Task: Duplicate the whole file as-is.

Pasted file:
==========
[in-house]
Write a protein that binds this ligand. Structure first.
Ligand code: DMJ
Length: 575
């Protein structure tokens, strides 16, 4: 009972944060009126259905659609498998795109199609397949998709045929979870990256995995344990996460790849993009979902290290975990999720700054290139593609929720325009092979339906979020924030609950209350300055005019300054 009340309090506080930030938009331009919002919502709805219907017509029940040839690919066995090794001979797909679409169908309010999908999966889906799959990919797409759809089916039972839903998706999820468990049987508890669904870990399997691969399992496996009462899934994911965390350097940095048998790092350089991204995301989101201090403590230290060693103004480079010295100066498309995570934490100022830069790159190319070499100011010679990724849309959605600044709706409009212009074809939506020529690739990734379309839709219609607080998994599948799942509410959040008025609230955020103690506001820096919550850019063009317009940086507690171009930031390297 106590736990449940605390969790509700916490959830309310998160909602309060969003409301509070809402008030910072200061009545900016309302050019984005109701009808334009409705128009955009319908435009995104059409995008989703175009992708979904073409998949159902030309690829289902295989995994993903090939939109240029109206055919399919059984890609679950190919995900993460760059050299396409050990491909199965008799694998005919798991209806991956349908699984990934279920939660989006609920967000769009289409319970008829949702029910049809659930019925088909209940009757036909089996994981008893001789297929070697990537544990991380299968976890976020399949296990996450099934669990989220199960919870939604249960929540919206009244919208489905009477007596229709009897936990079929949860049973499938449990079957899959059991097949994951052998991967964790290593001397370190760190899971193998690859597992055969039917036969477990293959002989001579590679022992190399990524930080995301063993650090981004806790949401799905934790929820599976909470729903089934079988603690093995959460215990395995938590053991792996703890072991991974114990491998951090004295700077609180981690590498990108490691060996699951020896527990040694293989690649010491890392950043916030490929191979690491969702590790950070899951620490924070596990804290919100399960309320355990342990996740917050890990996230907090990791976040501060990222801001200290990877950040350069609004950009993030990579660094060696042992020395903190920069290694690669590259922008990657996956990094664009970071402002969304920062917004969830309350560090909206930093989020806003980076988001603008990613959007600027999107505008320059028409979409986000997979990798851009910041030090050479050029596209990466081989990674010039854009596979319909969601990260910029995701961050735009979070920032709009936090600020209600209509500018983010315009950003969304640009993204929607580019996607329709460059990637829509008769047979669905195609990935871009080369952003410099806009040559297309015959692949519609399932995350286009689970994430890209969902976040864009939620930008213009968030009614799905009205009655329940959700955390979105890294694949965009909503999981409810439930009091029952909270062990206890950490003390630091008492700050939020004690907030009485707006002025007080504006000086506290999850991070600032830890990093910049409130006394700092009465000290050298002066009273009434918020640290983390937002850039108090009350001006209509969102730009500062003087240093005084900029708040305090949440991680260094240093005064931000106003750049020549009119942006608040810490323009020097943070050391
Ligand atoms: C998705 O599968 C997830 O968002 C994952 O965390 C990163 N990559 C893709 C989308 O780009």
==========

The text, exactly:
[in-house]
Write a protein that binds this ligand. Structure first.
Ligand code: DMJ
Length: 575
């Protein structure tokens, strides 16, 4: 009972944060009126259905659609498998795109199609397949998709045929979870990256995995344990996460790849993009979902290290975990999720700054290139593609929720325009092979339906979020924030609950209350300055005019300054 009340309090506080930030938009331009919002919502709805219907017509029940040839690919066995090794001979797909679409169908309010999908999966889906799959990919797409759809089916039972839903998706999820468990049987508890669904870990399997691969399992496996009462899934994911965390350097940095048998790092350089991204995301989101201090403590230290060693103004480079010295100066498309995570934490100022830069790159190319070499100011010679990724849309959605600044709706409009212009074809939506020529690739990734379309839709219609607080998994599948799942509410959040008025609230955020103690506001820096919550850019063009317009940086507690171009930031390297 106590736990449940605390969790509700916490959830309310998160909602309060969003409301509070809402008030910072200061009545900016309302050019984005109701009808334009409705128009955009319908435009995104059409995008989703175009992708979904073409998949159902030309690829289902295989995994993903090939939109240029109206055919399919059984890609679950190919995900993460760059050299396409050990491909199965008799694998005919798991209806991956349908699984990934279920939660989006609920967000769009289409319970008829949702029910049809659930019925088909209940009757036909089996994981008893001789297929070697990537544990991380299968976890976020399949296990996450099934669990989220199960919870939604249960929540919206009244919208489905009477007596229709009897936990079929949860049973499938449990079957899959059991097949994951052998991967964790290593001397370190760190899971193998690859597992055969039917036969477990293959002989001579590679022992190399990524930080995301063993650090981004806790949401799905934790929820599976909470729903089934079988603690093995959460215990395995938590053991792996703890072991991974114990491998951090004295700077609180981690590498990108490691060996699951020896527990040694293989690649010491890392950043916030490929191979690491969702590790950070899951620490924070596990804290919100399960309320355990342990996740917050890990996230907090990791976040501060990222801001200290990877950040350069609004950009993030990579660094060696042992020395903190920069290694690669590259922008990657996956990094664009970071402002969304920062917004969830309350560090909206930093989020806003980076988001603008990613959007600027999107505008320059028409979409986000997979990798851009910041030090050479050029596209990466081989990674010039854009596979319909969601990260910029995701961050735009979070920032709009936090600020209600209509500018983010315009950003969304640009993204929607580019996607329709460059990637829509008769047979669905195609990935871009080369952003410099806009040559297309015959692949519609399932995350286009689970994430890209969902976040864009939620930008213009968030009614799905009205009655329940959700955390979105890294694949965009909503999981409810439930009091029952909270062990206890950490003390630091008492700050939020004690907030009485707006002025007080504006000086506290999850991070600032830890990093910049409130006394700092009465000290050298002066009273009434918020640290983390937002850039108090009350001006209509969102730009500062003087240093005084900029708040305090949440991680260094240093005064931000106003750049020549009119942006608040810490323009020097943070050391
Ligand atoms: C998705 O599968 C997830 O968002 C994952 O965390 C990163 N990559 C893709 C989308 O780009």